But for most of us, an easy way to gauge how well-hydrated we are being to simply look at our urine. It should be fairly clear, and if it is very dark yellow, that’s sign we may need to drink more water.
If there is one health myth that will not die, it is this: You should drink eight glasses of water a day.
It’s just not true. There is no science behind it.
Many people believe that the source of this myth was a 1945 Food and Nutrition Board recommendation that said people need about 2.5 liters of water a day. But they ignored the sentence that followed closely behind. It read, “Most of this quantity is contained in prepared foods.”
Water is present in fruits and vegetables. It’s in juice, it’s in beer, it’s even in tea and coffee. The myths that coffee dehydrates a person, research shows that’s not true either. Coffee and beer (alcoholic beverages) will increase the acidity intake (Hydrogen Protons) in the body as their pH shows to be very acidic.
Although water is the best beverage to consume, it’s certainly not your only source of hydration. You don’t have to consume all the water you need through drinks. You also don’t need to worry so much about never feeling thirsty. The human body is finely tuned to signal you to drink long before you are actually dehydrated.
Contrary to many stories you may hear, there’s no real scientific proof that, for otherwise healthy people, drinking extra water has any health benefits. For instance, reviews have failed to find that there’s any evidence that drinking more water keeps skin hydrated and makes it look healthier or wrinkle free. It is true that some retrospective cohort studies have found increased water to be associated with better outcomes, but these are subject to the usual epidemiologic problems, such as an inability to prove causation. Moreover, they defined “high” water consumption at far fewer than eight glasses.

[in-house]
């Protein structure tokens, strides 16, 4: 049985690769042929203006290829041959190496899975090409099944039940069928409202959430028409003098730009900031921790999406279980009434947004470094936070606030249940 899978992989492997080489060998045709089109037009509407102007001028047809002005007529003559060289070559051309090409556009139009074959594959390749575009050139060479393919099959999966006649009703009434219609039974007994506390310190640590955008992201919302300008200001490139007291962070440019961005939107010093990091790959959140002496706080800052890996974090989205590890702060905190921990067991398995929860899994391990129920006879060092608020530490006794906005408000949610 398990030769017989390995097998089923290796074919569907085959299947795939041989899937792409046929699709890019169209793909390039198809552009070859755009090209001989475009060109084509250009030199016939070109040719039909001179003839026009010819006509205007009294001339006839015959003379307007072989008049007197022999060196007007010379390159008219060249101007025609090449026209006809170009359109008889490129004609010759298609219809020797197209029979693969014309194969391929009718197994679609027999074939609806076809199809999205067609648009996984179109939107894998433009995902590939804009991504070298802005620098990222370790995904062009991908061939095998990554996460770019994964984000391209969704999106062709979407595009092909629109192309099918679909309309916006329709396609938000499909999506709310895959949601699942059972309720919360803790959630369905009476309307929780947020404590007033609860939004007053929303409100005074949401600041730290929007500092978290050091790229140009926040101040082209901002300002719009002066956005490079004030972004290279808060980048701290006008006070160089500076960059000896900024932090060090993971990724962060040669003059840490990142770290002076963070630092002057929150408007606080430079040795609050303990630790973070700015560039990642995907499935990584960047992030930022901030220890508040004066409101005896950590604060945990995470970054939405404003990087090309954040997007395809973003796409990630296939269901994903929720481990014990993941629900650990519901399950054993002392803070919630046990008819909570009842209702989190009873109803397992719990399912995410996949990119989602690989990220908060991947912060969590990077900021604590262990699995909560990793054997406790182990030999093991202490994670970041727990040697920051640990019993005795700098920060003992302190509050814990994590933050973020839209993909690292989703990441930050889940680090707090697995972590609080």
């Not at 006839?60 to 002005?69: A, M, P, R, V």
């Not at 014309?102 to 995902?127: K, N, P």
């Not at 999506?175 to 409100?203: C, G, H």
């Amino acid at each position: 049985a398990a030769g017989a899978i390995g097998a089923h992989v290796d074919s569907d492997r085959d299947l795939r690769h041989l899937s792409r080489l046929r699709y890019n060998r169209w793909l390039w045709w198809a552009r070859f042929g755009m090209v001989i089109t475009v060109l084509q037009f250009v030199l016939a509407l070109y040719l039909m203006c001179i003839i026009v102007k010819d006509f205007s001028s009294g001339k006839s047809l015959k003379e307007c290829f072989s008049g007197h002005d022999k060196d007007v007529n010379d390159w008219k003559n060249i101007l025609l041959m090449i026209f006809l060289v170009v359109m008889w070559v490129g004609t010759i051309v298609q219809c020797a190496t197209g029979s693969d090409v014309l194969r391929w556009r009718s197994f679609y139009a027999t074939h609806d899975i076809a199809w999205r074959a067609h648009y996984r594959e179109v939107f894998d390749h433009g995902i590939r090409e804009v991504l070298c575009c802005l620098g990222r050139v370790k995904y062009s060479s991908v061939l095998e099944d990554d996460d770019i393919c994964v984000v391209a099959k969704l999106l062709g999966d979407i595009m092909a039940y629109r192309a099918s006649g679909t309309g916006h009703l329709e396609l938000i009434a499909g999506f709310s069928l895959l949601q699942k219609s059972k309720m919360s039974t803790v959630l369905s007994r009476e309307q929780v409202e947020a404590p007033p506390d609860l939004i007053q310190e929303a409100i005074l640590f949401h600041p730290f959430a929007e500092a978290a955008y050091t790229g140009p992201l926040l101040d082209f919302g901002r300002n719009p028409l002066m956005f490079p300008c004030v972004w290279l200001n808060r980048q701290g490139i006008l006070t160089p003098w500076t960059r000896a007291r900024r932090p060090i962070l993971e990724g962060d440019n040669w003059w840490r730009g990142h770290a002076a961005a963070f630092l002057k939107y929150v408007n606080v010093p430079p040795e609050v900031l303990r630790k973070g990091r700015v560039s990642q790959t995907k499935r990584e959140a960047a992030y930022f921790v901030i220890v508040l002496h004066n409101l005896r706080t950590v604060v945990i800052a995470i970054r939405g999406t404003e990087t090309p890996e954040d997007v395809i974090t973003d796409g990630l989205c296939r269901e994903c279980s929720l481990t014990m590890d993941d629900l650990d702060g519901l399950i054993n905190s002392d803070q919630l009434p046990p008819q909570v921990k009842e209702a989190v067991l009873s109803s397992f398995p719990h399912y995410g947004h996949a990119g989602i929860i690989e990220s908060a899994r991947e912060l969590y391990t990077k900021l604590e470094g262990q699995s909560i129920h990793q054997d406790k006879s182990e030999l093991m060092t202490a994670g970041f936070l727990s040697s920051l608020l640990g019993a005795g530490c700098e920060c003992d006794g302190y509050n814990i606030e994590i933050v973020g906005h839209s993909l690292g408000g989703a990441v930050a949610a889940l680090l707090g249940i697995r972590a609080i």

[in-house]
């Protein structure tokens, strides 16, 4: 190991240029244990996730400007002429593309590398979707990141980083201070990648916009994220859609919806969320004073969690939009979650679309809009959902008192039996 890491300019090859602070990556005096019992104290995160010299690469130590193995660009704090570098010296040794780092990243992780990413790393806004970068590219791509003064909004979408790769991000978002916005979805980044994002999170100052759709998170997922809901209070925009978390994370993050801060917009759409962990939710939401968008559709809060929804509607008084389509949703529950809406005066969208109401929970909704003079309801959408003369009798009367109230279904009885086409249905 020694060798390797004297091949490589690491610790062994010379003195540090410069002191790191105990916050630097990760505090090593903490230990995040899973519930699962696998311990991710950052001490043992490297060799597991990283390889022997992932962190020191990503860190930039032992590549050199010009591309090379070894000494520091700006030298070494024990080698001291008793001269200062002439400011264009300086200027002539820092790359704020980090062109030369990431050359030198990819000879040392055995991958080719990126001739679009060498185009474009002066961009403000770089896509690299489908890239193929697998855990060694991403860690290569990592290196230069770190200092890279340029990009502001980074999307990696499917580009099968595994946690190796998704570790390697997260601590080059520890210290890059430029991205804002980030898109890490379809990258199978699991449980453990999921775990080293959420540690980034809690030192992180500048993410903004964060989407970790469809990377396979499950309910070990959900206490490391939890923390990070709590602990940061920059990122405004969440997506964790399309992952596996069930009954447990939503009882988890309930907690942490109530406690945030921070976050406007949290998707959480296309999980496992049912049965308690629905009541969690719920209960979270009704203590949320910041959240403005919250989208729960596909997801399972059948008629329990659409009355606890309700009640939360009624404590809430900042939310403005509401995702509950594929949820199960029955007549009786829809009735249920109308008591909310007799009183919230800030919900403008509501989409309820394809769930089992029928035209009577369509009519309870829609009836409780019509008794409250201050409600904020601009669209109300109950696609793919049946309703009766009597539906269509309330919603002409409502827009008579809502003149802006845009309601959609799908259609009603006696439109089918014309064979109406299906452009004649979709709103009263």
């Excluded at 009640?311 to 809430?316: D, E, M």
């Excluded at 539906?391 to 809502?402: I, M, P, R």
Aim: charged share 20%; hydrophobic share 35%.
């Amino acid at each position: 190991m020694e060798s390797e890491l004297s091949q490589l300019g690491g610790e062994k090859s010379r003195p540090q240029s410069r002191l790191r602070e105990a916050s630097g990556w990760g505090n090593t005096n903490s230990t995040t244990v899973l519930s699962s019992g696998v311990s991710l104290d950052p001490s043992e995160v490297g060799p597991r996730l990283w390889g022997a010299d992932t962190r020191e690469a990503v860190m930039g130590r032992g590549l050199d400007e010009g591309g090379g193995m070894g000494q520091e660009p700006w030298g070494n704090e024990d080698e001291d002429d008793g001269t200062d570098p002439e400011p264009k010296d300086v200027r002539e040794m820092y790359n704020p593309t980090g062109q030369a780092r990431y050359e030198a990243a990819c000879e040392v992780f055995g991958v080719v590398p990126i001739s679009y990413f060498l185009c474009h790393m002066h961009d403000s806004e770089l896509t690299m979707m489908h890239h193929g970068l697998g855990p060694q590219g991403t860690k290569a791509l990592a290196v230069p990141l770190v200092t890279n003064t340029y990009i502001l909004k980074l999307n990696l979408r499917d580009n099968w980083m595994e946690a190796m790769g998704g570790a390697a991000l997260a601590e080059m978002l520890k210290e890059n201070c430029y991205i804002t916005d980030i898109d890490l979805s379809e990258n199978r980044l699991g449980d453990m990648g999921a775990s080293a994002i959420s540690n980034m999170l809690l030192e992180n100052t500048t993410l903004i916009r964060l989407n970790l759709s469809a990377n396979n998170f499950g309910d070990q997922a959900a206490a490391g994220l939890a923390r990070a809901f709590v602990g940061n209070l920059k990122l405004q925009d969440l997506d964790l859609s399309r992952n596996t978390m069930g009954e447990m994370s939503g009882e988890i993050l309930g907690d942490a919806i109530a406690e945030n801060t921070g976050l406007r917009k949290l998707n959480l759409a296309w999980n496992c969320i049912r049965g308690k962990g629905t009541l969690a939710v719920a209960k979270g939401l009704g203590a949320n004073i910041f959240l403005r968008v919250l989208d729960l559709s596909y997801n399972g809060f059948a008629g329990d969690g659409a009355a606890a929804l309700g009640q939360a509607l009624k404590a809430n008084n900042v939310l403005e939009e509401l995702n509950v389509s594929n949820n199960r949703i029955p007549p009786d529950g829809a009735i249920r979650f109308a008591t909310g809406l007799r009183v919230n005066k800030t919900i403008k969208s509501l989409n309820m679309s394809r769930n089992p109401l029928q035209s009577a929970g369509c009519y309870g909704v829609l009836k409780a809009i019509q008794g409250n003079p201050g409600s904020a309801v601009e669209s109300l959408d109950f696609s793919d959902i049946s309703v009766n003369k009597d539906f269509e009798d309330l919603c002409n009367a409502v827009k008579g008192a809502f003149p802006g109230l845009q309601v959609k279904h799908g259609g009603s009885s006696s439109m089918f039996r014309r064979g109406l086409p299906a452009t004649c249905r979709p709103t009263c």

Prospective studies fail to find benefits in kidney function or all-cause mortality when healthy people increase their fluid intake. Randomized controlled trials fail to find benefits as well, with the exception of specific cases — for example, preventing the recurrence of some kinds of kidney stones. Real dehydration, when your body has lost a significant amount of water because of illness, excessive exercise or sweating, or an inability to drink, is a serious issue. But people with clinical dehydration almost always have symptoms of some sort.
A significant number of advertisers and news media reports are trying to convince you otherwise. The number of people who carry around water each day seems to be larger every year. Bottled water sales continue to increase.